2010 July

Editor’s suggestion for PRB

Thursday, 29th July 2010Publication highlights

Fig: Comparison of the experimental IR spectrum of Fe4O6+ with the calculated IR spectra for two different geometries. Kirilyuk et al.

An article from the Fritz Haber Institute’s Molecular Physics department has been selected as an Editor’s Suggestion in the July issue of Physical Review B. The scientists, including collaborators from France and The Netherlands, report on the vibrational spectra of several cationic iron-oxide clusters in the gas phase. Clusters, which contain only a few atoms, are of interest to study as they straddle the boundary between gas-phase and condensed matter physics. The possibilities to tailor the magnetic properties of iron oxide particles by their size and composition make them promising candidates for many applications, for instance in data storage.

The spectra were measured using infrared multiphoton dissociation (IR-MPD), where the fragmentation of the clusters after absorption of multiple IR photons is detected; single photons in the infrared spectral range are usually not energetic enough to result in fragmentation. The vibrational spectra obtained by IR-MPD provide a distinct fingerprint of the original cluster. The researchers compared their experimental data to calculations to learn more about the clusters’ properties. In this way, they could ascertain the geometric and magnetic structure for Fe4O6+. Their report can be found here.

(Published: 19 July 2010 |Phys. Rev. B 82, 020405(R)).

Further Information: André Fielicke

Here Comes the Sun

Thursday, 22nd July 2010General science information, Miscellaneous

An exhibition about the sun and its energy will be presented in Berlin between September 6 until October 31. There will be multimedia displays, interactive experiments, and games appropriate for children 7 year and older. Come and learn about the sun, its potential for energy, and its influence on life on our planet.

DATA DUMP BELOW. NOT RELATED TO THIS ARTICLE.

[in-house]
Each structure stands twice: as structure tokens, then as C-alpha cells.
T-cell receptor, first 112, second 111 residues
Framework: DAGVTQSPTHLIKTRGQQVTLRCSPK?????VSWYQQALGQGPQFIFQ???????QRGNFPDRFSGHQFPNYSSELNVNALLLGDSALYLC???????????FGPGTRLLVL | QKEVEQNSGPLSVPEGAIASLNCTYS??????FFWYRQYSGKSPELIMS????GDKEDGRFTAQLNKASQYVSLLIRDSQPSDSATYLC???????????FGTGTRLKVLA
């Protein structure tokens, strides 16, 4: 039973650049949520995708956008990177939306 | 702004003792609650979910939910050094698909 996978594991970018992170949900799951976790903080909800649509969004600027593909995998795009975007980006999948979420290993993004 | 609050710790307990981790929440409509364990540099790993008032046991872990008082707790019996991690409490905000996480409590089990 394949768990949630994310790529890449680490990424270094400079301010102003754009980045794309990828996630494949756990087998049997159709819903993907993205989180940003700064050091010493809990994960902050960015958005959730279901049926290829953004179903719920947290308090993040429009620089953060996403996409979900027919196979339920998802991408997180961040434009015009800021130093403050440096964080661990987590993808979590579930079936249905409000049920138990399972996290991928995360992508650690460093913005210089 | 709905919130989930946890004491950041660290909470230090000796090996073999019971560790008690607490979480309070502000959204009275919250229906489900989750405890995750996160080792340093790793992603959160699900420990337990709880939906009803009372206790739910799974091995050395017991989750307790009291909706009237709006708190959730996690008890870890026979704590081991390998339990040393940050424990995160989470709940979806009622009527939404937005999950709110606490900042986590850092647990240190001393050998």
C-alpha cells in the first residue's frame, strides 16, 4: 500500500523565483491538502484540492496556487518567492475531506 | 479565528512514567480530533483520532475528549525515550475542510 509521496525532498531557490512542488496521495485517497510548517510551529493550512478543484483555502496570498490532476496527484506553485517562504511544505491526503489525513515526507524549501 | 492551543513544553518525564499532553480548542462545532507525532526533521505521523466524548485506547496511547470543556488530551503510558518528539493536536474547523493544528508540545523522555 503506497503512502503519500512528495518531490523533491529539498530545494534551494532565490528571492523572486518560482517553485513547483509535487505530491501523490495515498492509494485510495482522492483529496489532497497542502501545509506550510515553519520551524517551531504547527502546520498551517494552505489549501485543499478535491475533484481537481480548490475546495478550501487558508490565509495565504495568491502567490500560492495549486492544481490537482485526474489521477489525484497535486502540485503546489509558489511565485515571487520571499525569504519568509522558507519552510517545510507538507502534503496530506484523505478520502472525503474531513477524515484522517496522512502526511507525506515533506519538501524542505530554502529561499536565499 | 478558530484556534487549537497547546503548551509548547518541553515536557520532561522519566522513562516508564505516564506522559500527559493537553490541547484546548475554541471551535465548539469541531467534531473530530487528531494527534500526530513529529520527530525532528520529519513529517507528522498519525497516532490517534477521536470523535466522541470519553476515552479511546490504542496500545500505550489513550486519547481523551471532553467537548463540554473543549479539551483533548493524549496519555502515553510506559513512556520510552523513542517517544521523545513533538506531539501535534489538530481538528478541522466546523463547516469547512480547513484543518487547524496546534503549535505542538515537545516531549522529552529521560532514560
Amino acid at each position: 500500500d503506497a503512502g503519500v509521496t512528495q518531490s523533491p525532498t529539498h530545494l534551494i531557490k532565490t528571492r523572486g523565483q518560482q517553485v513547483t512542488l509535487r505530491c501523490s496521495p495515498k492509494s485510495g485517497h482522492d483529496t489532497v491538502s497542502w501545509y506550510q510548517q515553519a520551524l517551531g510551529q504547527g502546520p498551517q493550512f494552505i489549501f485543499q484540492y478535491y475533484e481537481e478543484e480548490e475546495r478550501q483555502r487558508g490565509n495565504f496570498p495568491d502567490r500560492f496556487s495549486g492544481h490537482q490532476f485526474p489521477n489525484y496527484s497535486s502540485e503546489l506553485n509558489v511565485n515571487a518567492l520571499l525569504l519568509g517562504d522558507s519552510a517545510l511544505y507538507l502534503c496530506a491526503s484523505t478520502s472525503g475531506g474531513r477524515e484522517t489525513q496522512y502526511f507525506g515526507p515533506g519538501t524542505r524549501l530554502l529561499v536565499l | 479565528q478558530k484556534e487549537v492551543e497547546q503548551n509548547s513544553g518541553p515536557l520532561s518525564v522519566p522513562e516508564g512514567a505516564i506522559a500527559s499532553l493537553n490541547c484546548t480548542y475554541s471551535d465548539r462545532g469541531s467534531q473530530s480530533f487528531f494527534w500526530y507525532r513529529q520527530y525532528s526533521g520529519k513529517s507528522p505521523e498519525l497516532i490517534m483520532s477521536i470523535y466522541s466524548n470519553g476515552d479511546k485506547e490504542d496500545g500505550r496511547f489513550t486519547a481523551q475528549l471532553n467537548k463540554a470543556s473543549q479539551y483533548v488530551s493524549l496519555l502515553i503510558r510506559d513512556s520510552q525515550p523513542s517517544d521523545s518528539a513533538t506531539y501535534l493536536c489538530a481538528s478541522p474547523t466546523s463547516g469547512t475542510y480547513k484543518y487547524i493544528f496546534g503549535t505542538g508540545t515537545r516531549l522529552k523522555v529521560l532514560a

Location: UferHallen, Uferstraße 8, 13357 Berlin
Opening Hours: daily from 11am to 6pm

more information can be found here (in German):

Call for “Gerhard Ertl Young Investigator Award”

Tuesday, 20th July 2010General science information, Miscellaneous

Young surface science researchers (less than 6 years since their PhD), with no restrictions to nationality or home institution, are invited to apply for the “Gerhard Ertl Young
Investigator Award”. More details can be found here.

A new microwave lens for polar molecules

Friday, 2nd July 2010Publication highlights

A team of international scientists led by P.I. Melanie Schnell has successfully demonstrated a microwave lens for neutral polar molecules at the Fritz Haber Institute. Their findings have been published in Physical Review Letters. Already in the 1920’s external electric and magnetic fields were used to manipulate neutral molecules. Yet analogous devices involving electromagnetic radiation, such as optical and microwave fields, were only developed much later. For example, in 1975 a rectangular microwave resonator was used to deflect a beam of CsF molecules. However these results were never fully understood.

In the present work, scientists combined a cylindrically symmetric microwave cavity with the so-called Stark decelerator, a device used to decelerate a packet of molecules by time-varying electric fields to a desired velocity. Once in the resonator, the molecular packet is confined in the transverse directions by the applied microwave field. In other words, the microwave field acts like a positive lens for the polar molecules. In contrast to optical (laser) fields, strong interaction forces can be reached using microwaves since very small detunings of the resonator frequency from the molecular resonance frequency are possible. Moreover, by changing the sign of this detuning, molecules in quantum states with completely different behavior in external fields can be addressed, which demonstrates the great versatility of this method. These experiments lay the groundwork for future microwave devices, which are promising for controlling larger more complex molecules that are otherwise difficult to manipulate.

(Published: 23 June 2010 |Phys. Rev. Lett. 104, 253001).

Further information: Melanie Schnell